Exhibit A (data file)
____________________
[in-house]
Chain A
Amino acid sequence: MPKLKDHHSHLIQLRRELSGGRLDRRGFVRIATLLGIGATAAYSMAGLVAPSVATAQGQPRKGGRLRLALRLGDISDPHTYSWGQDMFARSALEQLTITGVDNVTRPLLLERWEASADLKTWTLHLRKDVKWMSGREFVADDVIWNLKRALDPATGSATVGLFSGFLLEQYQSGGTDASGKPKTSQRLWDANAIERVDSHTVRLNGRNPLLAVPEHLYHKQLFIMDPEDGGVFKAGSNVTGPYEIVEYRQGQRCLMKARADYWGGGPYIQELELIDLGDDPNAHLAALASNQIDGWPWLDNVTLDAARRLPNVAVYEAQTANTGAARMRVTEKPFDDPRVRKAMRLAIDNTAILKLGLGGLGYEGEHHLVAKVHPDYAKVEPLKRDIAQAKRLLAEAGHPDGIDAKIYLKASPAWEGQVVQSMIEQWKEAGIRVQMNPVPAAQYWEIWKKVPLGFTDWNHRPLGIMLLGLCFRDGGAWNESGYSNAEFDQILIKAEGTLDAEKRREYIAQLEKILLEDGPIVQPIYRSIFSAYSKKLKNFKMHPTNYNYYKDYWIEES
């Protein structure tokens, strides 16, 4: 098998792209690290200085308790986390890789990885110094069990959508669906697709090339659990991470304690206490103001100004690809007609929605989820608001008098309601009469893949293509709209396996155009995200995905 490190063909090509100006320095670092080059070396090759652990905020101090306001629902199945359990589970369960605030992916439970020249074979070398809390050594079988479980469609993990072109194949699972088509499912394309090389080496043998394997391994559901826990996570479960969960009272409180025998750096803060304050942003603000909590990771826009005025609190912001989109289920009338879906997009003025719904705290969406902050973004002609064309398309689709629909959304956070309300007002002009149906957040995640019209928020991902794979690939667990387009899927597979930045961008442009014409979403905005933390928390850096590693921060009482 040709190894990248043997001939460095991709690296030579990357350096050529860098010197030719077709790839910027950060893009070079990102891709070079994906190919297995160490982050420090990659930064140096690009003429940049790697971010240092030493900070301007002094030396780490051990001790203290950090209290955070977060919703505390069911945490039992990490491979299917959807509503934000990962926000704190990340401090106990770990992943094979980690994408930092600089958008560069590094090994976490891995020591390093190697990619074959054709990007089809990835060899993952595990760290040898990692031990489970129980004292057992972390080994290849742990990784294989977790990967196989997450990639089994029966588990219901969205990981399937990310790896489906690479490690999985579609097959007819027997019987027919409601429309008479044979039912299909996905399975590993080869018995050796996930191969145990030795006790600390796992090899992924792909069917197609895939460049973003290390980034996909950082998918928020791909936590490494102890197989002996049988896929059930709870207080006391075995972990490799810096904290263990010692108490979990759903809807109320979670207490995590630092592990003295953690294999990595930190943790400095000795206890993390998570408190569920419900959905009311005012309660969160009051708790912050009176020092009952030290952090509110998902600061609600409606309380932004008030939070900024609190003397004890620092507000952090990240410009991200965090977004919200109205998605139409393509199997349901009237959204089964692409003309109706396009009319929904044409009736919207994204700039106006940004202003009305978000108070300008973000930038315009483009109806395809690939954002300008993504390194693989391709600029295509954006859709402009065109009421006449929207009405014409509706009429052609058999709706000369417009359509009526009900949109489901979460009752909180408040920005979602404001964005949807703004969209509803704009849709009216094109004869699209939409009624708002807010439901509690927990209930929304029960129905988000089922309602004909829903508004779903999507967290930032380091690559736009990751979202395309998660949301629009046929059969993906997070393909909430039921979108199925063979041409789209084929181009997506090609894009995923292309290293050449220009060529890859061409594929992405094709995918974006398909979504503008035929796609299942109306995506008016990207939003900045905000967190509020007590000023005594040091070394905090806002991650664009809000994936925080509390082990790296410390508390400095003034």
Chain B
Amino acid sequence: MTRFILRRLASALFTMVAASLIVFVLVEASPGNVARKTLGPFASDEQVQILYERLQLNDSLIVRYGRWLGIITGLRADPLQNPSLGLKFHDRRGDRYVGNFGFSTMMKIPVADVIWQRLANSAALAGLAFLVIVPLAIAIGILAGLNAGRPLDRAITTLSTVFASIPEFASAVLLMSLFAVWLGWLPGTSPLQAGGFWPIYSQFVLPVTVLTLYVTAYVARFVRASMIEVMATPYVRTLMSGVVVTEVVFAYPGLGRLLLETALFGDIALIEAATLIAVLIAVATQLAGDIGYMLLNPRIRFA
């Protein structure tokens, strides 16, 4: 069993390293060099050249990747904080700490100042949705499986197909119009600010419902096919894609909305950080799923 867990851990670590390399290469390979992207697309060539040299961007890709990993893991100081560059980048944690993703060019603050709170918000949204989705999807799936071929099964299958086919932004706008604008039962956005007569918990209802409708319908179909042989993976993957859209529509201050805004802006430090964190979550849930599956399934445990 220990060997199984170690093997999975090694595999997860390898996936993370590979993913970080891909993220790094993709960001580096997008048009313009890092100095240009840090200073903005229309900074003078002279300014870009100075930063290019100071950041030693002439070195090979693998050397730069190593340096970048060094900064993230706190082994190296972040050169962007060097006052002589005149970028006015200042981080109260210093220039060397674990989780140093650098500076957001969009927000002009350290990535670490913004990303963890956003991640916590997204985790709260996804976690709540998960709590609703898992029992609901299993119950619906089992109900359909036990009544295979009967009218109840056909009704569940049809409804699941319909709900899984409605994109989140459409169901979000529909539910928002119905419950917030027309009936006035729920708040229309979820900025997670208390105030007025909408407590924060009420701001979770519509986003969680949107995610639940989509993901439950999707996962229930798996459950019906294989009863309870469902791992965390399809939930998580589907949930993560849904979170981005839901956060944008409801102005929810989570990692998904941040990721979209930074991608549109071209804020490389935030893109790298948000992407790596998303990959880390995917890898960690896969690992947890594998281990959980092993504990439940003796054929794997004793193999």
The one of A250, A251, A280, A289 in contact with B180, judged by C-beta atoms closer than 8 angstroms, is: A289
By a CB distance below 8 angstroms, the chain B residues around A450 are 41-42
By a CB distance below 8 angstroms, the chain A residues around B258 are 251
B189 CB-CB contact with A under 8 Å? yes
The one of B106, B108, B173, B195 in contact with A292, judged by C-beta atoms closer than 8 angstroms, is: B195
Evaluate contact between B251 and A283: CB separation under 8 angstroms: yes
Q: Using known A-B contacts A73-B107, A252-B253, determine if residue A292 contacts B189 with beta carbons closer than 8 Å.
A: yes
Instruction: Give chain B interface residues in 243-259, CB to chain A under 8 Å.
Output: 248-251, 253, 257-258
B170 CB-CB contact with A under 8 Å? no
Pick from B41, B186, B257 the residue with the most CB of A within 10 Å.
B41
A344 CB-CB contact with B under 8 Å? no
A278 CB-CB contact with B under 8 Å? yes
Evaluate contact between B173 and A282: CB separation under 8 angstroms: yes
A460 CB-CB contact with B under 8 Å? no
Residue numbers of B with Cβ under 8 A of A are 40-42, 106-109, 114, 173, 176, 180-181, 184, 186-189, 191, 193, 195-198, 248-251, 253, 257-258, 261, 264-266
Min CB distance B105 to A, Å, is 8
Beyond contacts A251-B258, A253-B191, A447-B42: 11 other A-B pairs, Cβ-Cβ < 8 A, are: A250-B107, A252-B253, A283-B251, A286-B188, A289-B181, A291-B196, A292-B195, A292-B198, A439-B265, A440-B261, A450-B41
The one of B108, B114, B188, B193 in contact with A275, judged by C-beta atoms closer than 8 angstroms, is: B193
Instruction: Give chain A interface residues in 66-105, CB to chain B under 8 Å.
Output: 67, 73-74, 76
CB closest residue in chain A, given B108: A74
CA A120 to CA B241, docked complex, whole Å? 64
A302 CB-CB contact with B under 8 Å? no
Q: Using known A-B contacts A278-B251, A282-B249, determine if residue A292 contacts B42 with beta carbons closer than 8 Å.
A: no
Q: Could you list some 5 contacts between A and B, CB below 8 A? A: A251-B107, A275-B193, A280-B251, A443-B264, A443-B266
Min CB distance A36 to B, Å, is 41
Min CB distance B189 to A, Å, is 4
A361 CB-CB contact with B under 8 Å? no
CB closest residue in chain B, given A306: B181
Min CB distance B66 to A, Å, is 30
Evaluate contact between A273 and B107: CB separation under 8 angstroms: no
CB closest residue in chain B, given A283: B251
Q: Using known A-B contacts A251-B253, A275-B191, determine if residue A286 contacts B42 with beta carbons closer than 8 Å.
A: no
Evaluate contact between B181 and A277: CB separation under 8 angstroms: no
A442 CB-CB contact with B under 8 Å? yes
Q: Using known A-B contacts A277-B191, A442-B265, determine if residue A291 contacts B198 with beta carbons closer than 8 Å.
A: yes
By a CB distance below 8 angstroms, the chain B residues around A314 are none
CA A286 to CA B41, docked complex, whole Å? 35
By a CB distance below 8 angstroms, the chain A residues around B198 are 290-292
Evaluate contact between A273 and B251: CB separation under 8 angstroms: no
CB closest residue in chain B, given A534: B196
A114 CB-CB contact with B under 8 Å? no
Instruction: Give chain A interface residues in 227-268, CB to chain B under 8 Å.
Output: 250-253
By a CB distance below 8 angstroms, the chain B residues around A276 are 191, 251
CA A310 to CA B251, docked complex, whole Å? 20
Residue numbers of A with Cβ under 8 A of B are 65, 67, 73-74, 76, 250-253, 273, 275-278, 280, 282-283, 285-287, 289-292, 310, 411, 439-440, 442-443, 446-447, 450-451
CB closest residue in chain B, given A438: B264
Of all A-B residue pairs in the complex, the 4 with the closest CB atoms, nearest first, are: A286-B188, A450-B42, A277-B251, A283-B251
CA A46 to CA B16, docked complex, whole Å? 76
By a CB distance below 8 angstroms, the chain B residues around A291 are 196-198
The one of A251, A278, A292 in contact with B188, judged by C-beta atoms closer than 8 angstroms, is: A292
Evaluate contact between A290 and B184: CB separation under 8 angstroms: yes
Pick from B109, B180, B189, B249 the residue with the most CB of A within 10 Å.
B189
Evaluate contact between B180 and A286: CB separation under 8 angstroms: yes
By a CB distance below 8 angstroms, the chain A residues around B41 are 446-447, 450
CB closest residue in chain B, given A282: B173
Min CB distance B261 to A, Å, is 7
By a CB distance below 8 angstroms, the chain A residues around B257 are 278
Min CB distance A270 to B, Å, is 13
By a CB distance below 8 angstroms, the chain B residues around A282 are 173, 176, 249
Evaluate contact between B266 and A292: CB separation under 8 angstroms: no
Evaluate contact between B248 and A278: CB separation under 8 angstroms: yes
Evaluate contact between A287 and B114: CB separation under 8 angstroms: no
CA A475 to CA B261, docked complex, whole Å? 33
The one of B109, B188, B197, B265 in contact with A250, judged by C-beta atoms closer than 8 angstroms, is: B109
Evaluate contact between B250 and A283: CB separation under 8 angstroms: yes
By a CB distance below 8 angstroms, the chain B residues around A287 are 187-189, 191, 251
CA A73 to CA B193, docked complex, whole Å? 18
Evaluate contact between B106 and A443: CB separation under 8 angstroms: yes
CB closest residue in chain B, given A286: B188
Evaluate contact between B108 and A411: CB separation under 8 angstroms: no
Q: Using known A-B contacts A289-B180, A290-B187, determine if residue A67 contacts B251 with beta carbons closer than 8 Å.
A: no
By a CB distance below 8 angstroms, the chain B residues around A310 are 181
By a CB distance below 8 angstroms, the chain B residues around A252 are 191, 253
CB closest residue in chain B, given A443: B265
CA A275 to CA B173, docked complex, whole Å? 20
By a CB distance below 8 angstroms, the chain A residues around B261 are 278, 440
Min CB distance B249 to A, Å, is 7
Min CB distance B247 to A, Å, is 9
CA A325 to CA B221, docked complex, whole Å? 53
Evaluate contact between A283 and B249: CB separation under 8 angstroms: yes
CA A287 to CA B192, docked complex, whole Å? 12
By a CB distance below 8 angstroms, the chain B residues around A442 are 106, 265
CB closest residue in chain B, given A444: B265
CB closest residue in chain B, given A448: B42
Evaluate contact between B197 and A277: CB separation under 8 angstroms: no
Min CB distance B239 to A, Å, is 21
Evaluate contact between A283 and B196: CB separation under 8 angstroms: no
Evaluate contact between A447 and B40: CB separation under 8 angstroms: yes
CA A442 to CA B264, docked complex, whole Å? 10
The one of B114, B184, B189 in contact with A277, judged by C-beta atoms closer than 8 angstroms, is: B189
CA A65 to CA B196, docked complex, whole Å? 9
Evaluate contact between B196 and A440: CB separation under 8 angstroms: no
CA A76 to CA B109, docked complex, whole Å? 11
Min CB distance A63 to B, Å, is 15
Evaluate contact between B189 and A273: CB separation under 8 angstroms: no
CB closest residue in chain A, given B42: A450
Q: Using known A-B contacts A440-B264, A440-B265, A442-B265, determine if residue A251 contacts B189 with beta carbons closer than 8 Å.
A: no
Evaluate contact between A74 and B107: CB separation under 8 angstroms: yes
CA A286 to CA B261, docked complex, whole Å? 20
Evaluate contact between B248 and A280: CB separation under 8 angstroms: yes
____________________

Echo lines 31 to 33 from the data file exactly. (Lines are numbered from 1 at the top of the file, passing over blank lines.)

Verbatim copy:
CB closest residue in chain A, given B108: A74
CA A120 to CA B241, docked complex, whole Å? 64
A302 CB-CB contact with B under 8 Å? no